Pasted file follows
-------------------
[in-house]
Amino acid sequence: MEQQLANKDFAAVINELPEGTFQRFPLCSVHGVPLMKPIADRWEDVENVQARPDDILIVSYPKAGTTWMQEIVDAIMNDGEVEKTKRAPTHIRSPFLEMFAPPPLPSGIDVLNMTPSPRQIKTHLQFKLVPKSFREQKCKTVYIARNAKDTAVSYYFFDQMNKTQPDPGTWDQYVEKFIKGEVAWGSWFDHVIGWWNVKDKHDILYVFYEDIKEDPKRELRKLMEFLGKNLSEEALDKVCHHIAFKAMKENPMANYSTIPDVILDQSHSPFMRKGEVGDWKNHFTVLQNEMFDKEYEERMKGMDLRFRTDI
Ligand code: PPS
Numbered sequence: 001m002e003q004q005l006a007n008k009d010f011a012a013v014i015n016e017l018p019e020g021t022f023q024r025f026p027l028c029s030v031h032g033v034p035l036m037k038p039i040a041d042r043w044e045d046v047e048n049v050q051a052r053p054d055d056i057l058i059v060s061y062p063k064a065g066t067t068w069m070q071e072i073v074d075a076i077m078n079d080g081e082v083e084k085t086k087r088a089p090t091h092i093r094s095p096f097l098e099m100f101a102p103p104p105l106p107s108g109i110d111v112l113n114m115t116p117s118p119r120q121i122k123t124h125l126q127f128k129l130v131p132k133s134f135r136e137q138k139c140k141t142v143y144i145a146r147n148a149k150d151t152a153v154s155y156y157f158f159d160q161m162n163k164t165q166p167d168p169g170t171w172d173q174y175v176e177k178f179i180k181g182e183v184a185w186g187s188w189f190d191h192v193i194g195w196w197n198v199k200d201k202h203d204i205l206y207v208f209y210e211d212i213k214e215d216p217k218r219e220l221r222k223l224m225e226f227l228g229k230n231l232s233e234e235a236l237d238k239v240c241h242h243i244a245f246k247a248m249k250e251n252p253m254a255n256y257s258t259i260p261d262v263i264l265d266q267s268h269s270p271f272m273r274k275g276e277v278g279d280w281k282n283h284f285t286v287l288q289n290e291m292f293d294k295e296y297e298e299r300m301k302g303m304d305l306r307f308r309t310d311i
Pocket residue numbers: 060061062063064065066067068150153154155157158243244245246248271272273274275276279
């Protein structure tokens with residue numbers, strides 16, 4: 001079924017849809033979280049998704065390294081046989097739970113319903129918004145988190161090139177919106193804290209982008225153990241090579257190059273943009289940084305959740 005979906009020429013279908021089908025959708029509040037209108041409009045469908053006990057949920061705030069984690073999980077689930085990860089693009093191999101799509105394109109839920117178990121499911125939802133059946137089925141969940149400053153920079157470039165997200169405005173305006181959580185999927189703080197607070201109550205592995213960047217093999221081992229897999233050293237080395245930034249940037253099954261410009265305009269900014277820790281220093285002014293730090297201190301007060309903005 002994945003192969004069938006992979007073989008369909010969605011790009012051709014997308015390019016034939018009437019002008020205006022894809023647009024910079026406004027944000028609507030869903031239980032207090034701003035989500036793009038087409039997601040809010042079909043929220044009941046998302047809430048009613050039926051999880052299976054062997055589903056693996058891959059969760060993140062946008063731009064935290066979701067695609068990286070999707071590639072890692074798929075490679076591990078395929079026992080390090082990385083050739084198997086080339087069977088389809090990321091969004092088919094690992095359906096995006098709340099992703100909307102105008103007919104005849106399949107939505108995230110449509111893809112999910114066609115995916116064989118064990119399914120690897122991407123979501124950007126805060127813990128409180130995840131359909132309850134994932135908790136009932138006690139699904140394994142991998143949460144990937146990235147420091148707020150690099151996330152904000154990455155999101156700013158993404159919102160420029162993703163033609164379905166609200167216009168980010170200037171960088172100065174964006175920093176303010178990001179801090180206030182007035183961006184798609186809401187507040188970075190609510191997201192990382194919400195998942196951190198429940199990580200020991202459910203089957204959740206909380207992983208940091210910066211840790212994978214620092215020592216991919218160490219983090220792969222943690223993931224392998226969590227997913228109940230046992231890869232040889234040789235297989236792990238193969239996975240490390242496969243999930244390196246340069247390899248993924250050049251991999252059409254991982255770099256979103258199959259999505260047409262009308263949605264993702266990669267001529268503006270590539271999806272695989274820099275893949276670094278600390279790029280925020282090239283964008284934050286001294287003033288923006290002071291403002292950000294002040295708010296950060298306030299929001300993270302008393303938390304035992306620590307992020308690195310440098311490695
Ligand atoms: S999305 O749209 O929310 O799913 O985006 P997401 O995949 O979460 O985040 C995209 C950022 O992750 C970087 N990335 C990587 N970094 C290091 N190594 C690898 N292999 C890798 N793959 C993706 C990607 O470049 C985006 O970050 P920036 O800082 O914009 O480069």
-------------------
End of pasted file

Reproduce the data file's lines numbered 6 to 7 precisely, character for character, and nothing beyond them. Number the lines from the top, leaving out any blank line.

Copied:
């Protein structure tokens with residue numbers, strides 16, 4: 001079924017849809033979280049998704065390294081046989097739970113319903129918004145988190161090139177919106193804290209982008225153990241090579257190059273943009289940084305959740 005979906009020429013279908021089908025959708029509040037209108041409009045469908053006990057949920061705030069984690073999980077689930085990860089693009093191999101799509105394109109839920117178990121499911125939802133059946137089925141969940149400053153920079157470039165997200169405005173305006181959580185999927189703080197607070201109550205592995213960047217093999221081992229897999233050293237080395245930034249940037253099954261410009265305009269900014277820790281220093285002014293730090297201190301007060309903005 002994945003192969004069938006992979007073989008369909010969605011790009012051709014997308015390019016034939018009437019002008020205006022894809023647009024910079026406004027944000028609507030869903031239980032207090034701003035989500036793009038087409039997601040809010042079909043929220044009941046998302047809430048009613050039926051999880052299976054062997055589903056693996058891959059969760060993140062946008063731009064935290066979701067695609068990286070999707071590639072890692074798929075490679076591990078395929079026992080390090082990385083050739084198997086080339087069977088389809090990321091969004092088919094690992095359906096995006098709340099992703100909307102105008103007919104005849106399949107939505108995230110449509111893809112999910114066609115995916116064989118064990119399914120690897122991407123979501124950007126805060127813990128409180130995840131359909132309850134994932135908790136009932138006690139699904140394994142991998143949460144990937146990235147420091148707020150690099151996330152904000154990455155999101156700013158993404159919102160420029162993703163033609164379905166609200167216009168980010170200037171960088172100065174964006175920093176303010178990001179801090180206030182007035183961006184798609186809401187507040188970075190609510191997201192990382194919400195998942196951190198429940199990580200020991202459910203089957204959740206909380207992983208940091210910066211840790212994978214620092215020592216991919218160490219983090220792969222943690223993931224392998226969590227997913228109940230046992231890869232040889234040789235297989236792990238193969239996975240490390242496969243999930244390196246340069247390899248993924250050049251991999252059409254991982255770099256979103258199959259999505260047409262009308263949605264993702266990669267001529268503006270590539271999806272695989274820099275893949276670094278600390279790029280925020282090239283964008284934050286001294287003033288923006290002071291403002292950000294002040295708010296950060298306030299929001300993270302008393303938390304035992306620590307992020308690195310440098311490695
Ligand atoms: S999305 O749209 O929310 O799913 O985006 P997401 O995949 O979460 O985040 C995209 C950022 O992750 C970087 N990335 C990587 N970094 C290091 N190594 C690898 N292999 C890798 N793959 C993706 C990607 O470049 C985006 O970050 P920036 O800082 O914009 O480069």